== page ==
Ovarian hormonal signaling is essential for proper functioning of the uterus in the establishment of pregnancy. Previous studies have demonstrated that decidualization, a stromal transformation that occurs in response to embryo implantation, can be elicited in the uterus of estrogen receptor α knockout (αERKO) mice in the absence of the estrogen dependence normally seen in wild-type (WT) mice for this response. While the αERKO stromal compartment demonstrated the necessary decidual response, embryo implantation is a process initiated in the epithelial layer, a uterine component that lacks estrogen responsiveness in the αERKO. To determine if the αERKO uterus would be competent for implantation, donor embryos were transferred into the uterine lumen of WT and αERKO females that had been ovariectomized and treated with exogenous estradiol and progesterone to mimic early pregnancy. No implantation occurred in the αERKO, while implantation sites containing live embryos were seen in similarly treated WT uteri, indicating that functional estrogen receptor α (ERα) is required for implantation. Previous observations of estrogen-independent decidualization in the αERKO prompted investigation of the mechanism leading to estrogen independence of this process. The disruption of progesterone receptor (PR), Hoxa10, Cox2, or LIF in transgenic mice results in the loss of decidualization response. Therefore, the expression of these genes was studied in WT and αERKO uteri by comparing expression following vehicle, progesterone alone (P), or estradiol priming followed by progesterone with nidatory estradiol (E Pe) and by comparing expression following the above hormonal manipulations in addition to luminal infusion of oil used previously as decidualization-initiating stimulus. The whole-uterus level of PR and Hoxa10 mRNAs did not vary; however, the PR protein was induced in the stroma 24 h after oil infusion. Interestingly, in the WT, this induction was most apparent in samples receiving E Pe, while in the αERKO samples, the induction occurred independent of any hormone priming. Cox2 protein and mRNA increased in both WT and αERKO samples 2 h after oil infusion in all three of the treatment groups. In the WT samples, Cox2 levels remained elevated 24 h after oil infusion only in the E Pe treatment group; however, the elevated Cox2 was seen in samples taken 24 h after oil infusion in all three αERKO treatment groups. The αERKO uterine tissue appeared to sustain more extensive damage when examined 24 h after oil infusion. Severe trauma, such as crushing of the uterine tissue, has previously been shown to remove the requirement for nidatory estradiol for deciduomas to develop, indicating that the greater susceptibility of αERKO uterine tissue to damage from intraluminal oil infusion is contributing to decidualization in the absence of ERα. Leukemia inhibitory factor (LIF) mRNA was also induced following estradiol treatment in the WT, but also following oil infusion in WT samples that were not treated with estradiol. In contrast, estradiol does not induce LIF mRNA in the αERKO, but oil infusion leads to a robust increase in LIF in all αERKO sample groups. LIF binds and activates its membrane receptor, which initiates responses including the phosphorylation and nuclear translocation of Stat3 transcription factor. Thus, Stat3 phosphorylation was studied in WT and αERKO samples and found to be induced following oil infusion in all samples. Together, these and previous observations illustrate that estrogen is essential for epithelial proliferation and embryo implantation and that estrogen is dispensable for stromal decidualization in the αERKO, as the essential genes and signals required for the response are still induced.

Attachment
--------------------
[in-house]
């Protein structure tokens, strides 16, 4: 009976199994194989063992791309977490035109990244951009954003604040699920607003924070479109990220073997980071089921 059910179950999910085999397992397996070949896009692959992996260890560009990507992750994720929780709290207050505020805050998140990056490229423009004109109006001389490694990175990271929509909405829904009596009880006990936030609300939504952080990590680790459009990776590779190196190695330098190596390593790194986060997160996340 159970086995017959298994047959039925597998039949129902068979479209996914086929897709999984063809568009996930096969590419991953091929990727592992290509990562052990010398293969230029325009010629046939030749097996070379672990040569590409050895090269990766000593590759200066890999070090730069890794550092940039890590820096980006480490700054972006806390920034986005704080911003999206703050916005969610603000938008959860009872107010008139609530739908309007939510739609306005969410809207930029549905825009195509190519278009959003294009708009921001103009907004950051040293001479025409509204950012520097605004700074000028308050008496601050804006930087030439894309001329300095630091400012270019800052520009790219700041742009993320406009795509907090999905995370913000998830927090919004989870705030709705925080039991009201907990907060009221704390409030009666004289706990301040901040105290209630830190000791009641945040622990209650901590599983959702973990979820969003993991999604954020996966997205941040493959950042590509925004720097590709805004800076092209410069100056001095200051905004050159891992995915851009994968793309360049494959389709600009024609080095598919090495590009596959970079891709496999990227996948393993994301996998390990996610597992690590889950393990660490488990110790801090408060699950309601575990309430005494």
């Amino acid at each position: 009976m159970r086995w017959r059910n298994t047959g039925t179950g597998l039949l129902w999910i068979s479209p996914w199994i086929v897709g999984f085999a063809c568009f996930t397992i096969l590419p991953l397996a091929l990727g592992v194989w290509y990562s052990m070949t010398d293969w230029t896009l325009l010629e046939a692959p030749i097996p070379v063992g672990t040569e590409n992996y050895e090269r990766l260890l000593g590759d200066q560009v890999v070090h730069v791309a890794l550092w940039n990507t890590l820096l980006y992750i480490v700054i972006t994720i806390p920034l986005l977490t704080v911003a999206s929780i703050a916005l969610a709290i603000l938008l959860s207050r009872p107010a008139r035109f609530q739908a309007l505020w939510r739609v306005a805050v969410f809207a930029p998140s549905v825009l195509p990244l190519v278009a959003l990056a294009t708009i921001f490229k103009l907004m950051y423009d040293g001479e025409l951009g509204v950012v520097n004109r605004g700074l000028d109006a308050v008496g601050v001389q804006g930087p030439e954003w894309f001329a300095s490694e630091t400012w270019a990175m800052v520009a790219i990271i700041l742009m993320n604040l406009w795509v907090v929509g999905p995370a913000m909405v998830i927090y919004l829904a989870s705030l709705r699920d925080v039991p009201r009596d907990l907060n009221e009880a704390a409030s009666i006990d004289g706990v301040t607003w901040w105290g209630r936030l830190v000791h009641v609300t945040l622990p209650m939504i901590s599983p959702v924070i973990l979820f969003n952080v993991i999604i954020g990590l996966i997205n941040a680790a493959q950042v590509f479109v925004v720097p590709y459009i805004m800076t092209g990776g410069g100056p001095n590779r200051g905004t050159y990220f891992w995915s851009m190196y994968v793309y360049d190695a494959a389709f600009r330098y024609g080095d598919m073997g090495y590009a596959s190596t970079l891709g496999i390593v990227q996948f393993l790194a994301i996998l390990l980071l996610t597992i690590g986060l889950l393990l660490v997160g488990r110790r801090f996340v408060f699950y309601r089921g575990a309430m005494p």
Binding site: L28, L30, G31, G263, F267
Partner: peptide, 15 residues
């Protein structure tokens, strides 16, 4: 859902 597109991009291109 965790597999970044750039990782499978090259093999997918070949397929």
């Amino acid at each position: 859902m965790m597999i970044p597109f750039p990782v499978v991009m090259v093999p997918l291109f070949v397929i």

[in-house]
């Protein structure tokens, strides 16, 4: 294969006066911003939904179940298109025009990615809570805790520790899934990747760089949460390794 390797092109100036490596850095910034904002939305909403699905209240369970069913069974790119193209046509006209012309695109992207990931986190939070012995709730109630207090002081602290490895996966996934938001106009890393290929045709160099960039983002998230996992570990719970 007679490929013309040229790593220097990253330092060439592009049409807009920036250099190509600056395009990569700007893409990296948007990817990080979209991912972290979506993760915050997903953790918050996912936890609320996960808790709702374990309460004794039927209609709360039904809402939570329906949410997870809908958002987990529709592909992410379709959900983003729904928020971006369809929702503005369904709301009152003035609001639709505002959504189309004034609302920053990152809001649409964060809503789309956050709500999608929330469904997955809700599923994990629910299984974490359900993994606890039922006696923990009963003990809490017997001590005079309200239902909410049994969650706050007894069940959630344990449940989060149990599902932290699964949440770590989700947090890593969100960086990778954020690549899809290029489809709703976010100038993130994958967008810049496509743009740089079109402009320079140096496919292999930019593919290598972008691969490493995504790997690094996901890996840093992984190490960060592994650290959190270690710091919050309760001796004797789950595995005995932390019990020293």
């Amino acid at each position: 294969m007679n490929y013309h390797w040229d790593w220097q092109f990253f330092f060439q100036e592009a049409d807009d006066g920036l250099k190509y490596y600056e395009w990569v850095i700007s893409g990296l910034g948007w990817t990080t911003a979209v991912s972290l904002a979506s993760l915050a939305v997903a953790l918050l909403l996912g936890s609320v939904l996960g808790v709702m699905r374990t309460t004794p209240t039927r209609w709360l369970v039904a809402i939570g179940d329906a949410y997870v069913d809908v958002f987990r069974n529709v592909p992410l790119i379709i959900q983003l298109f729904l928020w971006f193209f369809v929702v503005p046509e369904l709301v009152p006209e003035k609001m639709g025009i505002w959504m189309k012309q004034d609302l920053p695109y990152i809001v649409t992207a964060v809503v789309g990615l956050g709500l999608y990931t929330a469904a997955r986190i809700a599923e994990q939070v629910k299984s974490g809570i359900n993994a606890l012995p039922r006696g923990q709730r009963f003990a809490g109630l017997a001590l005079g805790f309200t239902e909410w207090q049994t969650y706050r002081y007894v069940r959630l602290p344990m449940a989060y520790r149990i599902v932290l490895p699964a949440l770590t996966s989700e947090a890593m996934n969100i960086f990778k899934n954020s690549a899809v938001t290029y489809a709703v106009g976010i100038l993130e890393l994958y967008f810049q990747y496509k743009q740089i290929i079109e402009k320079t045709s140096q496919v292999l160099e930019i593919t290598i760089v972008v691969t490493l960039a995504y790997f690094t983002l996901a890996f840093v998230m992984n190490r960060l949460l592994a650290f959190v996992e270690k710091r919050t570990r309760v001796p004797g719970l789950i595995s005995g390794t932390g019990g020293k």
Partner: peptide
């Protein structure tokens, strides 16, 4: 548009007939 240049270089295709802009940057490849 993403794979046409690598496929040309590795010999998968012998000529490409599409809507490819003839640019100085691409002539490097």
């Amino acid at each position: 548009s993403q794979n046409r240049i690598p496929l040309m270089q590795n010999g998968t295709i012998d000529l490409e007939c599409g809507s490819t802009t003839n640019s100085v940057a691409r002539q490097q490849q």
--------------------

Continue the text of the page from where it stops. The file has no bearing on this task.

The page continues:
You have requested a machine translation of selected content from our databases. This functionality is provided solely for your convenience and is in no way intended to replace human translation. Neither BioOne nor the owners and publishers of the content make, and they explicitly disclaim, any express or implied representations or warranties of any kind, including, without limitation, representations and warranties as to the functionality of the translation feature or the accuracy or completeness of the translations.
Translations are not retained in our system. Your use of this feature and the translations is subject to all use restrictions contained in the Terms and Conditions of Use of the BioOne website.